The obvious, naive answer would be
to take all incidents, tally the cost, add overhead margin, divide by number of insured, and that's your premium. No questions asked. The only way left for these respectable gamblers to compete would be on reducing the overhead, leaving their profit as a function of how efficient they are at settling and administration and stuff.
Of course, this won't happen. But ideally, it should. Equallity for all. Maybe I can call this initiative misguided on grounds of insisting on equal outcome, not equal opportunity, even when you (or at least a supposedly learned lawyer in an influential position ought to) know you'll never get it. The road to hell and all that.
I think we need to come off the notion that discrimination is a dirty word. If that's the case then the knob on metal detectors labeled "discriminator" maybe needs to be labeled "racist", too. And sold in packages with big warning labels announcing it to be an un-pc, racist device. This not because the phenomenon that we're trying to stamp out is any less bad, but because we're deluding ourselves as to what it is, really. So perhaps we'll need to find a more specific word instead of repurposing a generic word for some specific thing, obscuring just how specific that thing is, really.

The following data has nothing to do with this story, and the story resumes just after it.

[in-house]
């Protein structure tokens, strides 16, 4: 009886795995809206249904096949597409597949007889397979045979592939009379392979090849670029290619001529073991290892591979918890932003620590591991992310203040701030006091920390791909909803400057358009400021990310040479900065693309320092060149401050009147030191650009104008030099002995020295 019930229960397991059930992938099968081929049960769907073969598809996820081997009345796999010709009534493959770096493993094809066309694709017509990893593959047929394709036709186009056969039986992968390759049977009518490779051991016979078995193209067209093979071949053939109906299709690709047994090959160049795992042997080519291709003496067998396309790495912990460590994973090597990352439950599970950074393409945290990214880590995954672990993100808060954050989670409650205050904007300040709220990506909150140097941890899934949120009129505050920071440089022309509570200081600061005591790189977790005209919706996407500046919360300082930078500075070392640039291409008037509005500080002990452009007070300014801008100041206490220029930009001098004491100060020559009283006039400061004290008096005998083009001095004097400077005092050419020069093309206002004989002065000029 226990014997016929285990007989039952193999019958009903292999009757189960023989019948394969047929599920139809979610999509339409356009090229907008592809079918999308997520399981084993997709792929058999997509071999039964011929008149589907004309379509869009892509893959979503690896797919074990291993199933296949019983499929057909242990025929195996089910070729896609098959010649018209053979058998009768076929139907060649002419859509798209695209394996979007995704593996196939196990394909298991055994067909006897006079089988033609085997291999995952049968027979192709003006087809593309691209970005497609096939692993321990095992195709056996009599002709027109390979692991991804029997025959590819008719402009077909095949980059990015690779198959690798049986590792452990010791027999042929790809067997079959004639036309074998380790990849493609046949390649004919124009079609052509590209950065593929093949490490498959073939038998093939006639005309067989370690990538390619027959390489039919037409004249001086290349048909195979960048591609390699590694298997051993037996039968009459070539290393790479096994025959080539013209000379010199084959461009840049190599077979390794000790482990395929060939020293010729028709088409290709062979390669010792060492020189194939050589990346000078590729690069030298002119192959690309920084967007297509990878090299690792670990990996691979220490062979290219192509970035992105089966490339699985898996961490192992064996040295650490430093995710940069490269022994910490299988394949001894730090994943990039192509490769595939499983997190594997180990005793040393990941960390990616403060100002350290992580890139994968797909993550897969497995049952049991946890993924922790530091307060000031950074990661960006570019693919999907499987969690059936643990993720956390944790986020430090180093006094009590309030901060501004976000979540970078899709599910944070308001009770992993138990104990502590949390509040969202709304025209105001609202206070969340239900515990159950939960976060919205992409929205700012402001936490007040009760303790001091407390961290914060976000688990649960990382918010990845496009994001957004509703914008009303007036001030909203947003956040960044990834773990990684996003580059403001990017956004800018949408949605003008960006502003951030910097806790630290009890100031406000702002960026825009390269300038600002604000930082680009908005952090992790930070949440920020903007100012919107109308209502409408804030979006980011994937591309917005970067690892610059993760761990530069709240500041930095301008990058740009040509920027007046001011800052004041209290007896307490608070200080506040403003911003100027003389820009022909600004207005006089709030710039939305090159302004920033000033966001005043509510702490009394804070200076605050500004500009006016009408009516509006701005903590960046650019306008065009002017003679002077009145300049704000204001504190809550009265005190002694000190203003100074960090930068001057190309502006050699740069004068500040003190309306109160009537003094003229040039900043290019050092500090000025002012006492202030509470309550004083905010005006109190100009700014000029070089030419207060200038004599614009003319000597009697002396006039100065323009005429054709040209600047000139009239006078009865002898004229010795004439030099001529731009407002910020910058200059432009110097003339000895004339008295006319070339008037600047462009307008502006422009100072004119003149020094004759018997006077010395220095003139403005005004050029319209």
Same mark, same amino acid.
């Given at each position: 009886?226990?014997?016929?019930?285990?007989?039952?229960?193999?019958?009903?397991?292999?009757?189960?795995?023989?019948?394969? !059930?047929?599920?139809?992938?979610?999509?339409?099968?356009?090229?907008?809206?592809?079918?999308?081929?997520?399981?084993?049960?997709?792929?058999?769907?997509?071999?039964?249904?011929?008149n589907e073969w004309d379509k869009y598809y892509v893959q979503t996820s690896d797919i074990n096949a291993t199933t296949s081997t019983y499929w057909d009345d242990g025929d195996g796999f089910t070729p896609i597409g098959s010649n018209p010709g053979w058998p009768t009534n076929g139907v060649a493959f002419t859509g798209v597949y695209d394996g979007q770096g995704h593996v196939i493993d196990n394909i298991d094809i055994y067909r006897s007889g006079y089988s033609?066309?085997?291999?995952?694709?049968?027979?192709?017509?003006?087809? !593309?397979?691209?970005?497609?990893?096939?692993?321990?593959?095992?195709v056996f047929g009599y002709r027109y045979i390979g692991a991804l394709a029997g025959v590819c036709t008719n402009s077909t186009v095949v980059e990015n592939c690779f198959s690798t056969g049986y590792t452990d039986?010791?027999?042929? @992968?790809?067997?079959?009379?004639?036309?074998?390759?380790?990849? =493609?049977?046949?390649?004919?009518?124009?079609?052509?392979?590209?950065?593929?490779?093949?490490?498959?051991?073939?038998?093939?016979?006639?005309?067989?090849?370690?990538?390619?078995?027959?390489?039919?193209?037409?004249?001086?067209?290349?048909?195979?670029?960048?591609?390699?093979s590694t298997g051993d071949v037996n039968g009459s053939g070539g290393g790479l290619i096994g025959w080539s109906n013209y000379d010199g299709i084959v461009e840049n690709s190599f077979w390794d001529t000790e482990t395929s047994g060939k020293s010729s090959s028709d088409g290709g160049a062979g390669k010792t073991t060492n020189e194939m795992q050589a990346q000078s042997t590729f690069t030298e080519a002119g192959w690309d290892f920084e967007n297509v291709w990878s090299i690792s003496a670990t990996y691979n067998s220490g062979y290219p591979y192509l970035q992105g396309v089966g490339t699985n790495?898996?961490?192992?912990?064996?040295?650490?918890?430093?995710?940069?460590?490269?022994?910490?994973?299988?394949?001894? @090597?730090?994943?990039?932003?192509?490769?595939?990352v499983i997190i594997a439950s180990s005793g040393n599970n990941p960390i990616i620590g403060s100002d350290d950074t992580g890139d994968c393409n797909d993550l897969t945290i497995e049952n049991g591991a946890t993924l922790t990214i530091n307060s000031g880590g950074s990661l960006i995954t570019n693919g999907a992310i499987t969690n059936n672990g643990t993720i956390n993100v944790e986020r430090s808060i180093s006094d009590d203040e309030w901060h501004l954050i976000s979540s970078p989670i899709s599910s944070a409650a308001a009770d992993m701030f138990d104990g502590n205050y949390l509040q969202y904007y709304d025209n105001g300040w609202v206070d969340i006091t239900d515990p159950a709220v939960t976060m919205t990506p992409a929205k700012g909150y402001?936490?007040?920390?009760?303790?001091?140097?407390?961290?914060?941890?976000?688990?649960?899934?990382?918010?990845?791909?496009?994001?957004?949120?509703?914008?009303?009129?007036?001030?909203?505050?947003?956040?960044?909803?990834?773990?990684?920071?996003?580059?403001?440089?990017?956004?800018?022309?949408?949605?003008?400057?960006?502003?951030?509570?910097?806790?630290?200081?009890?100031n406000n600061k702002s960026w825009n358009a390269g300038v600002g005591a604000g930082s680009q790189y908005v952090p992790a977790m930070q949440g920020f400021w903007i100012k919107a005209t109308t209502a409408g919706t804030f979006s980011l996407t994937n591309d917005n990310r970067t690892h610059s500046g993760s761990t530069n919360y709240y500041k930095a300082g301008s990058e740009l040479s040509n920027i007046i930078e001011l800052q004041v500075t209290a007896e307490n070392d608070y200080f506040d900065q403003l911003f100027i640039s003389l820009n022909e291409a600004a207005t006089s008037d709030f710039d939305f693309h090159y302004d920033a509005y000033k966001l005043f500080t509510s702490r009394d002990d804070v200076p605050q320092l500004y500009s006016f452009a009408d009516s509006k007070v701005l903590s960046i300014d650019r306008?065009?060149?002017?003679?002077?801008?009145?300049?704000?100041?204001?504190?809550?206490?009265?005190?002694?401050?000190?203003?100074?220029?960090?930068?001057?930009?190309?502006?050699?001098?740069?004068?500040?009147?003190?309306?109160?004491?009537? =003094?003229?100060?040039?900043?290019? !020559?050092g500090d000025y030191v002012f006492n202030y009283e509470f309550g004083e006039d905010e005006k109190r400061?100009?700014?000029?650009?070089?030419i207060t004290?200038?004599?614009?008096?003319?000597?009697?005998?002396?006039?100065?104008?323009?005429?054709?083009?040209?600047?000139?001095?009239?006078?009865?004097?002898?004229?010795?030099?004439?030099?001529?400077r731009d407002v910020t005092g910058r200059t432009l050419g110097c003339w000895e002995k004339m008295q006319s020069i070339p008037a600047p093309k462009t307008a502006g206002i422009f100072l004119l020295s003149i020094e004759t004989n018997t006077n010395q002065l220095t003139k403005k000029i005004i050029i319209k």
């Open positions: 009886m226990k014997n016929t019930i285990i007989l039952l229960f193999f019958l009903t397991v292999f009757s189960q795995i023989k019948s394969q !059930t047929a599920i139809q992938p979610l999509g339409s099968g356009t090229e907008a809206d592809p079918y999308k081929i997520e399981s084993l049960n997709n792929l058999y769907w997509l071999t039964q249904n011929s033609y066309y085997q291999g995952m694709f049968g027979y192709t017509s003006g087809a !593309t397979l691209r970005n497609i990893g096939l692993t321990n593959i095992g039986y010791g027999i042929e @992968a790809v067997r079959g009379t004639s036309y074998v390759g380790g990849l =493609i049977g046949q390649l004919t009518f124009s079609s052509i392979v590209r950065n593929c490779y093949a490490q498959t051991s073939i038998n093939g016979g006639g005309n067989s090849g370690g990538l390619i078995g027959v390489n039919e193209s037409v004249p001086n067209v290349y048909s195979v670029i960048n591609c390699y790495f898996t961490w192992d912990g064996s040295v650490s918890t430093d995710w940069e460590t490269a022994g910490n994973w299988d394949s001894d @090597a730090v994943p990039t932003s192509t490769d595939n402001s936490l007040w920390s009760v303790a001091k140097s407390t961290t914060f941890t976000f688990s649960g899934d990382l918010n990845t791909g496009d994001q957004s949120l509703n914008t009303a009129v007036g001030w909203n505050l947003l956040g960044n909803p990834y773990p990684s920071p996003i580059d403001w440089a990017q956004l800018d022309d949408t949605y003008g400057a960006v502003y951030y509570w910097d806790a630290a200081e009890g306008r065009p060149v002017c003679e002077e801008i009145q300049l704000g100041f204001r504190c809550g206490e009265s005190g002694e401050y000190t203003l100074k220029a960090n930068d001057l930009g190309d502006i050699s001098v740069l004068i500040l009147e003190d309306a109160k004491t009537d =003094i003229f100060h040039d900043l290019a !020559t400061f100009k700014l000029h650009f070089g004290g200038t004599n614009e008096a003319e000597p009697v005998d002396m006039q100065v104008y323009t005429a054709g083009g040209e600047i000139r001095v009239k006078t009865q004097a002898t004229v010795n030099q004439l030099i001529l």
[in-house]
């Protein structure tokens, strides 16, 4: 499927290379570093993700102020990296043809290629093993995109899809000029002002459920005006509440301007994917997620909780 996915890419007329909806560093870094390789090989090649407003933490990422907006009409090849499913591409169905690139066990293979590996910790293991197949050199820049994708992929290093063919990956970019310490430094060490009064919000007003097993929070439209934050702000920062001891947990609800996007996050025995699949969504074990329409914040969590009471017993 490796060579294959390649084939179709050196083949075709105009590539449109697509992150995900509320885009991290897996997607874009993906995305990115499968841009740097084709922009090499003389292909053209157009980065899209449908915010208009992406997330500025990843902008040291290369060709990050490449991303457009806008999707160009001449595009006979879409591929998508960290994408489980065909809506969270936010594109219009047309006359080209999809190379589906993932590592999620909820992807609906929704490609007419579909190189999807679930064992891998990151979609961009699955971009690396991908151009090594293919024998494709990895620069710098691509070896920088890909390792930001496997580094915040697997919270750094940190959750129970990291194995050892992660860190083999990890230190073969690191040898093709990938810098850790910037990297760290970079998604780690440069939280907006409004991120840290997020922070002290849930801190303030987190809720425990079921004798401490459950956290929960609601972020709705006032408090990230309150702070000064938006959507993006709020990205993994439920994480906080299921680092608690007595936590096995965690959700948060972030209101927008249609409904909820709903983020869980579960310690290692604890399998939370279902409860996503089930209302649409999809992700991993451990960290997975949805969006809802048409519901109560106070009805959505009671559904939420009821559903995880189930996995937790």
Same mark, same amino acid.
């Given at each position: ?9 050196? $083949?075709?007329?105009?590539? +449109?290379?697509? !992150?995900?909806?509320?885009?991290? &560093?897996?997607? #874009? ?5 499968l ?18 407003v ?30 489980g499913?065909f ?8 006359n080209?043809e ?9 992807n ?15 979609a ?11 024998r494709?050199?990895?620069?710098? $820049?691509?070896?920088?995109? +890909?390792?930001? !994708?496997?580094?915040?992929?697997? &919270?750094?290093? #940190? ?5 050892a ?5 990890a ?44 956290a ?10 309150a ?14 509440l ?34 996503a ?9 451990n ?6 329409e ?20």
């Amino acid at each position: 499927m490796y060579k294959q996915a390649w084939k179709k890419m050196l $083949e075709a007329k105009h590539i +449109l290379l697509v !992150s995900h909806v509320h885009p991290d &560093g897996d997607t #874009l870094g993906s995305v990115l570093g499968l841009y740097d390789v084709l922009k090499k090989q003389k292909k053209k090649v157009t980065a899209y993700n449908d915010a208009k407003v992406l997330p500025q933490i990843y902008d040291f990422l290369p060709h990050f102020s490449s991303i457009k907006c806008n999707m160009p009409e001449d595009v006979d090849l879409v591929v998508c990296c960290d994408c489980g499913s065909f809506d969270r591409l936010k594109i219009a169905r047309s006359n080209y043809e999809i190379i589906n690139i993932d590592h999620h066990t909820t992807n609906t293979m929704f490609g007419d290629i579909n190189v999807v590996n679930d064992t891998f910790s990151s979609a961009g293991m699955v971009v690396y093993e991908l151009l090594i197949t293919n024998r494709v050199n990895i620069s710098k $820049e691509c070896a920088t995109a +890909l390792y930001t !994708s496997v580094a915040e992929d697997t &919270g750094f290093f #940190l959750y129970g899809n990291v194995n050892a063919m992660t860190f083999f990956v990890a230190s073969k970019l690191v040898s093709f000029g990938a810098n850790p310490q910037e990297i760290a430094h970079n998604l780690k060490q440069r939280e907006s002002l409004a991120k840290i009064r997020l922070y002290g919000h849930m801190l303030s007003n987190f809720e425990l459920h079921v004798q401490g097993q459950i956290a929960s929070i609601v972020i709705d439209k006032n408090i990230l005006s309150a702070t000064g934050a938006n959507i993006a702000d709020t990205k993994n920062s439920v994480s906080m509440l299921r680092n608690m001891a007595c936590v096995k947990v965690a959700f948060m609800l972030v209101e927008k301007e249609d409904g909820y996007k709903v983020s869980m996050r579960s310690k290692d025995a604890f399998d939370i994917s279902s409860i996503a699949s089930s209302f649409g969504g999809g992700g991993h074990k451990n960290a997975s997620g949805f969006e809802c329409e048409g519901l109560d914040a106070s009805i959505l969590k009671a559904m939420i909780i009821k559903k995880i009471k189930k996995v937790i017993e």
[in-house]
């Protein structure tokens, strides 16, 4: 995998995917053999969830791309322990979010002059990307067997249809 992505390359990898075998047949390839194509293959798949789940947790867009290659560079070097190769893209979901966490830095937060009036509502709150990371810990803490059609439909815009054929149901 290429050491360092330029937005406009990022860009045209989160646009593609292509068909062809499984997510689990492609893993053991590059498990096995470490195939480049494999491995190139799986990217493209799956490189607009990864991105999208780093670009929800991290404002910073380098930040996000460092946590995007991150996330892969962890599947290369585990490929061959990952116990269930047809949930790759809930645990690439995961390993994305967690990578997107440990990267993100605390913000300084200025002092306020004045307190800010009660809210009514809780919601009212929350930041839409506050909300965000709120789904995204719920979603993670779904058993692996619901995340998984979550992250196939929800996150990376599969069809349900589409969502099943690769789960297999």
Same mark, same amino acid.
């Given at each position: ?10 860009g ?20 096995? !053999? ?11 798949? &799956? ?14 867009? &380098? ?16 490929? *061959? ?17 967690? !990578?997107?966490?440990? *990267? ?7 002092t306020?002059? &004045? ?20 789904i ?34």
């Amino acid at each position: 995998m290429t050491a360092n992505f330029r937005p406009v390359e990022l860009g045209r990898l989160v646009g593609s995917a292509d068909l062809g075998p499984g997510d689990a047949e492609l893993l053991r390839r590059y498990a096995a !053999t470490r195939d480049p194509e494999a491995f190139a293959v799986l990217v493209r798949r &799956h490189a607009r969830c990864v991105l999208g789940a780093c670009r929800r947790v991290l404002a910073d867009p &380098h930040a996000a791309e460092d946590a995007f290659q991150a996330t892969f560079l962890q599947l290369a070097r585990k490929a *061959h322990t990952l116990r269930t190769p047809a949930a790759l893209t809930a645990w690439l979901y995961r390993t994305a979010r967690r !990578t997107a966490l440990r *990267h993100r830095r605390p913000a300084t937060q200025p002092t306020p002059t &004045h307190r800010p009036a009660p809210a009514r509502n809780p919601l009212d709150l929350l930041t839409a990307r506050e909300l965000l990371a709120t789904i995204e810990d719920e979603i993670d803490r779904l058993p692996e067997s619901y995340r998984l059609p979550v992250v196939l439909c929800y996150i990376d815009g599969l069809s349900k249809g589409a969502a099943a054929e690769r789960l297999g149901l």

The problem is discrimination humans on grounds that have no demonstratable bearing on the subject nor the results to the person. Refusing to serve people in a restaurant because of their skin colour or their sex is something most of us will agree is a silly notion. Refusing to cast a white woman for a film role that calls for a black man is, OTOH, defensible. Even if hollywood script writers have this nasty habit of doing unspeakable things to their source material. But I digress.
The thing is, this shutting out our fellow human on some silly criterion --And I'll readily admit I have tendencies just as bad that sometimes conciously have to be kept in check; I'm just as fallible a human as (most of) the rest of us.-- is a social mechanism that might even be baked into our "clannish" genes; there's evidence that people without a certain gene also lack the tendency.
The Advocate General probably was after this disguised as a "valid" statistical technique, just like the measuring of scalps relating to race and religion turned out to be so much scientific bunk. But I think I'll agree she has overdone it a bit, as there are good arguments for proclaiming the statistical techniques to not having risen out of the social tendency.
That all needn't necessarily validate the statistical techniques --though for better or for worse they've been in use for a while and are generally accepted in the industry-- but at least would invalidate the presupposition that they need to be hit with the "anti-discrimiation" banhammer.
I think dear ms. Advocate General has some explaining to do.